Simple multi-trait analysis identifies novel loci associated with growth and obesity measures

Simple multi-trait analysis identifies novel loci associated with growth and obesity measures

Xia Shen, Xiao Wang, Zheng Ning, Yakov Tsepilov, Masoud Shirali, Blair H. Smith, Lynne J. Hocking, Sandosh Padmanabhan, Caroline Hayward, David J. Porteous, Yudi Pawitan, Chris S. Haley, Yurii S. Aulchenko, Generation Scotland
doi: http://dx.doi.org/10.1101/022269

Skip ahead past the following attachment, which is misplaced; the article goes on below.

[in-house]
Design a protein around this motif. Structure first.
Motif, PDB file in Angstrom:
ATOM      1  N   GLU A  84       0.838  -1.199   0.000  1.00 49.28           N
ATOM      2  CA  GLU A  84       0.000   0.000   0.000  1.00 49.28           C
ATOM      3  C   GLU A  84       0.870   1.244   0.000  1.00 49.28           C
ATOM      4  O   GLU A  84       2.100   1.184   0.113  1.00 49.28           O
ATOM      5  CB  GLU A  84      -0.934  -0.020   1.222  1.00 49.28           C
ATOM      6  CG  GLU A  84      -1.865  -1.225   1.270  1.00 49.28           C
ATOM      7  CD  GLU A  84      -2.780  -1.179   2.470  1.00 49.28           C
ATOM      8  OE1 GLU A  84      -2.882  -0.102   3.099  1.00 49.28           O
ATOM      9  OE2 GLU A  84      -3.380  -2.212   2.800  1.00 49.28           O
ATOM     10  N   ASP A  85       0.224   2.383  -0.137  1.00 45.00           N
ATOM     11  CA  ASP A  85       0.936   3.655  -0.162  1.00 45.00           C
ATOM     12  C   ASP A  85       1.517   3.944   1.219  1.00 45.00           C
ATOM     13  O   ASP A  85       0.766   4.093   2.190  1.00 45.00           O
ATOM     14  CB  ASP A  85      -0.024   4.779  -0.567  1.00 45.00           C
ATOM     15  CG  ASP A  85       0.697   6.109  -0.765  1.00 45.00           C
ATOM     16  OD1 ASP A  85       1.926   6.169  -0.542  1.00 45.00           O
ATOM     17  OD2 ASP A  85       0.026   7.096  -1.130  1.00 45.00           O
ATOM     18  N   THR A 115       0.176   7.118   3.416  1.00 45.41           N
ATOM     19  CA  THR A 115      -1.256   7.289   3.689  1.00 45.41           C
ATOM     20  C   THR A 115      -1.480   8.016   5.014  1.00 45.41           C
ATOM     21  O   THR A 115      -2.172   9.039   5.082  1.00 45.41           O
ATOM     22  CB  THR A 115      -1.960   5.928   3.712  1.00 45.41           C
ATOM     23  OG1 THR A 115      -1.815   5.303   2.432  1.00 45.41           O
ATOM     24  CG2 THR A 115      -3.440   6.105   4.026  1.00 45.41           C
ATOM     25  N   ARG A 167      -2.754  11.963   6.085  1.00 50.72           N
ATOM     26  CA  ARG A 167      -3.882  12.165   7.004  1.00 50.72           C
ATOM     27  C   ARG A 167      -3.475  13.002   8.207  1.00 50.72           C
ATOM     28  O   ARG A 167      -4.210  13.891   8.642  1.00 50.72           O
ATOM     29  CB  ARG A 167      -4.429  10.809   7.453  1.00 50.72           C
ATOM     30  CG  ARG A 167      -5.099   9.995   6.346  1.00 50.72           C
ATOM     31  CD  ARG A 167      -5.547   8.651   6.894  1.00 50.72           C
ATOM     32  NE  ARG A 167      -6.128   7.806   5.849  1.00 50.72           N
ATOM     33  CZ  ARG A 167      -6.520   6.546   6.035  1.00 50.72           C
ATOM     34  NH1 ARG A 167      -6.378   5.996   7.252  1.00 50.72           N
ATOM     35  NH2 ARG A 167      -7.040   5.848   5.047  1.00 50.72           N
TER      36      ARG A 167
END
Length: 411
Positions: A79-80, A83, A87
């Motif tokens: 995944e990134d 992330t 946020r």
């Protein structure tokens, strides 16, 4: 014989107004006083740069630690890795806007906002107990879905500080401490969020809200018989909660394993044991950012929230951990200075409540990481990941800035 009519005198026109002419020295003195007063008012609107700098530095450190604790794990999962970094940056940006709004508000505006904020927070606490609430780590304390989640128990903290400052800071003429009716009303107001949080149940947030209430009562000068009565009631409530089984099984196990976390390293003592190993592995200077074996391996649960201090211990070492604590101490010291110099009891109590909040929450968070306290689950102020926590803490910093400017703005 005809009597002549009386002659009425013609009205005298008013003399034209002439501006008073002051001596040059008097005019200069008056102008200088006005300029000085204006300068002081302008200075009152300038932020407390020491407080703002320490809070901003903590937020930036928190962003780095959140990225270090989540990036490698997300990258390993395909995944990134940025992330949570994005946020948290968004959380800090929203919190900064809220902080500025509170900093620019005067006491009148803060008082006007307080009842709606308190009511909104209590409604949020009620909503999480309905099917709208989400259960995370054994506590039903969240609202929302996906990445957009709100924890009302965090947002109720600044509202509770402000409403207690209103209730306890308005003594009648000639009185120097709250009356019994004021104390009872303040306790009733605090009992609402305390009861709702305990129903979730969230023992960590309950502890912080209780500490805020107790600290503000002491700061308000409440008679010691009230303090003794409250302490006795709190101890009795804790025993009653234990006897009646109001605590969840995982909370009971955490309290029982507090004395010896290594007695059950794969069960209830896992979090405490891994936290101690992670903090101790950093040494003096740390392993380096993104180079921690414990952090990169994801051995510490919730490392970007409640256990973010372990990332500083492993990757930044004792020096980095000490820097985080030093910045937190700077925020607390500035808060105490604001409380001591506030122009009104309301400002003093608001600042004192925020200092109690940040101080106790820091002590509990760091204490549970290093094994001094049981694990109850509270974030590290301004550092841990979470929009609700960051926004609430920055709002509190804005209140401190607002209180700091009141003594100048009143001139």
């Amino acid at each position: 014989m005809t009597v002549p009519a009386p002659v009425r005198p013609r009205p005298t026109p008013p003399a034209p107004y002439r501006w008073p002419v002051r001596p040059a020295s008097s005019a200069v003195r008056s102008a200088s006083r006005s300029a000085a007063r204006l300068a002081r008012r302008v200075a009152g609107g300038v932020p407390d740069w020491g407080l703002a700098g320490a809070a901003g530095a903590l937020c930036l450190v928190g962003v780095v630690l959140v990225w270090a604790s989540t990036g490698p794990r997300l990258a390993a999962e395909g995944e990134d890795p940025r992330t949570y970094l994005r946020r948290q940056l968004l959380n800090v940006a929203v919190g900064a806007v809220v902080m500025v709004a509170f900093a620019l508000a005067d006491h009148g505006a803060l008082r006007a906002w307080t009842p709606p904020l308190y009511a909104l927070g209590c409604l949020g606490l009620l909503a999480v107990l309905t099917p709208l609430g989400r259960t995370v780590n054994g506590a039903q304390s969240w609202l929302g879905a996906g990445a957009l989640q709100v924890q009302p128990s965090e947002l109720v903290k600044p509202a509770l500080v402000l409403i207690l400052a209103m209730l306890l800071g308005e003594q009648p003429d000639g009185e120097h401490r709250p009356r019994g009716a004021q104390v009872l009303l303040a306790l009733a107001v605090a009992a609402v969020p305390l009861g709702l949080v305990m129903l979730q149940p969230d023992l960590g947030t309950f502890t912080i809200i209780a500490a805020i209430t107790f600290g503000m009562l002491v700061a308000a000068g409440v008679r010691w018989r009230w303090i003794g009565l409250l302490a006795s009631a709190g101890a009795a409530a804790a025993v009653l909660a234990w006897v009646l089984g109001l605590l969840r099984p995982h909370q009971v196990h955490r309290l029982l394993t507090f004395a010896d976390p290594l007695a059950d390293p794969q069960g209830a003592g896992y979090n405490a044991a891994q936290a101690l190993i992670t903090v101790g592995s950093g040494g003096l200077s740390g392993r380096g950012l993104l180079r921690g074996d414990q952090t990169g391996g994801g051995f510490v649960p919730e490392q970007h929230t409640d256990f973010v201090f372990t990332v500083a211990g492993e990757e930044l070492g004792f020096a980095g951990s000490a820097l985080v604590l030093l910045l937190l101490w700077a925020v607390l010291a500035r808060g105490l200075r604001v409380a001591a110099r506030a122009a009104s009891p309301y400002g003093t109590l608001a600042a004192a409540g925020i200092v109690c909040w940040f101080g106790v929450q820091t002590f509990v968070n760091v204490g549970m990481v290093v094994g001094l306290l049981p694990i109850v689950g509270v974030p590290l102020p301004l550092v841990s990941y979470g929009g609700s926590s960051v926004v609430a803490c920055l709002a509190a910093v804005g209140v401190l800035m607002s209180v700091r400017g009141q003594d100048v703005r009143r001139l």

Anthropometric traits are of global clinical relevance as risk factors for a wide range of disease, including obesity. Yet despite many hundreds of genetic variants having been associated with anthropometric measurements, these variants still explain little variation of the traits. Joint-modeling of multiple anthropometric traits, has the potential to boost discovery power, but has not been applied to global-scale meta-analyses of genome-wide association studies (meta-GWAS). Here, we develop a simple method to perform multi-trait meta-GWAS using summary statistics reported in standard single-trait meta-GWAS and replicate the findings in an independent cohort. Using the summary statistics reported by the GIANT consortium meta-GWAS of 270,000 individuals, we discovered 359 novel loci significantly associated with six anthropometric traits. The “overeating gene” GRM5 (P = 4.38E-54) was the strongest novel locus, and was independently replicated in the Generation Scotland cohort (n = 9,603, P = 4.42E-03). The novel variants had an enriched rediscovery rate in the replication cohort. Our results provide new important insights into the biological mechanisms underlying anthropometric traits and emphasize the value of combining multiple correlated phenotypes in genomic studies. Our method has general applicability and can be applied as a secondary analysis of any standard GWAS or meta-GWAS with multiple traits.

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